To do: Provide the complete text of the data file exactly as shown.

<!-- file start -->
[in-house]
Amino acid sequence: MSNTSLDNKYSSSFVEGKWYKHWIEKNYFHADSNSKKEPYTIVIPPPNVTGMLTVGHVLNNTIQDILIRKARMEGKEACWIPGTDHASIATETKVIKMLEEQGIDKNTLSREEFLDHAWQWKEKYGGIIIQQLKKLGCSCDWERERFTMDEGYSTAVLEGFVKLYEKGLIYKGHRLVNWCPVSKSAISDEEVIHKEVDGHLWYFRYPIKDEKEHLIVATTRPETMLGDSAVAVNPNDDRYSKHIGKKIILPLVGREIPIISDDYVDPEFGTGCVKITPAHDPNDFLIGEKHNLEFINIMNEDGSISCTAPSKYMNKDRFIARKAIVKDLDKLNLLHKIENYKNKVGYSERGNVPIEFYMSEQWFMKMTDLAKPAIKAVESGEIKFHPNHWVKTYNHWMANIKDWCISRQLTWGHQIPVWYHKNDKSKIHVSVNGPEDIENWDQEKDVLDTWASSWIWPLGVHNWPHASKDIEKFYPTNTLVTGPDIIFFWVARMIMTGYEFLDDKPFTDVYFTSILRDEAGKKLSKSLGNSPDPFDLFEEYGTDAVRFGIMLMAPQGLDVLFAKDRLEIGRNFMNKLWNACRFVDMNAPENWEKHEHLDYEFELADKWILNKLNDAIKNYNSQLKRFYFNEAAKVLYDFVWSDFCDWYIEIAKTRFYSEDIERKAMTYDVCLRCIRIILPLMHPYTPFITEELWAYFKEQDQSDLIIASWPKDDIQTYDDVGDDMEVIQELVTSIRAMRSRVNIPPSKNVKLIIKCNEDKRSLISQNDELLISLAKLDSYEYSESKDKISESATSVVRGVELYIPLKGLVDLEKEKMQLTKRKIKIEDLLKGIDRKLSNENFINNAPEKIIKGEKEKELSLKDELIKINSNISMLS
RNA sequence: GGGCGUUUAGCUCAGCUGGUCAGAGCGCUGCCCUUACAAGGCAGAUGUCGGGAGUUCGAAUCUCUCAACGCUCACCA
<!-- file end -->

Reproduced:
[in-house]
Amino acid sequence: MSNTSLDNKYSSSFVEGKWYKHWIEKNYFHADSNSKKEPYTIVIPPPNVTGMLTVGHVLNNTIQDILIRKARMEGKEACWIPGTDHASIATETKVIKMLEEQGIDKNTLSREEFLDHAWQWKEKYGGIIIQQLKKLGCSCDWERERFTMDEGYSTAVLEGFVKLYEKGLIYKGHRLVNWCPVSKSAISDEEVIHKEVDGHLWYFRYPIKDEKEHLIVATTRPETMLGDSAVAVNPNDDRYSKHIGKKIILPLVGREIPIISDDYVDPEFGTGCVKITPAHDPNDFLIGEKHNLEFINIMNEDGSISCTAPSKYMNKDRFIARKAIVKDLDKLNLLHKIENYKNKVGYSERGNVPIEFYMSEQWFMKMTDLAKPAIKAVESGEIKFHPNHWVKTYNHWMANIKDWCISRQLTWGHQIPVWYHKNDKSKIHVSVNGPEDIENWDQEKDVLDTWASSWIWPLGVHNWPHASKDIEKFYPTNTLVTGPDIIFFWVARMIMTGYEFLDDKPFTDVYFTSILRDEAGKKLSKSLGNSPDPFDLFEEYGTDAVRFGIMLMAPQGLDVLFAKDRLEIGRNFMNKLWNACRFVDMNAPENWEKHEHLDYEFELADKWILNKLNDAIKNYNSQLKRFYFNEAAKVLYDFVWSDFCDWYIEIAKTRFYSEDIERKAMTYDVCLRCIRIILPLMHPYTPFITEELWAYFKEQDQSDLIIASWPKDDIQTYDDVGDDMEVIQELVTSIRAMRSRVNIPPSKNVKLIIKCNEDKRSLISQNDELLISLAKLDSYEYSESKDKISESATSVVRGVELYIPLKGLVDLEKEKMQLTKRKIKIEDLLKGIDRKLSNENFINNAPEKIIKGEKEKELSLKDELIKINSNISMLS
RNA sequence: GGGCGUUUAGCUCAGCUGGUCAGAGCGCUGCCCUUACAAGGCAGAUGUCGGGAGUUCGAAUCUCUCAACGCUCACCA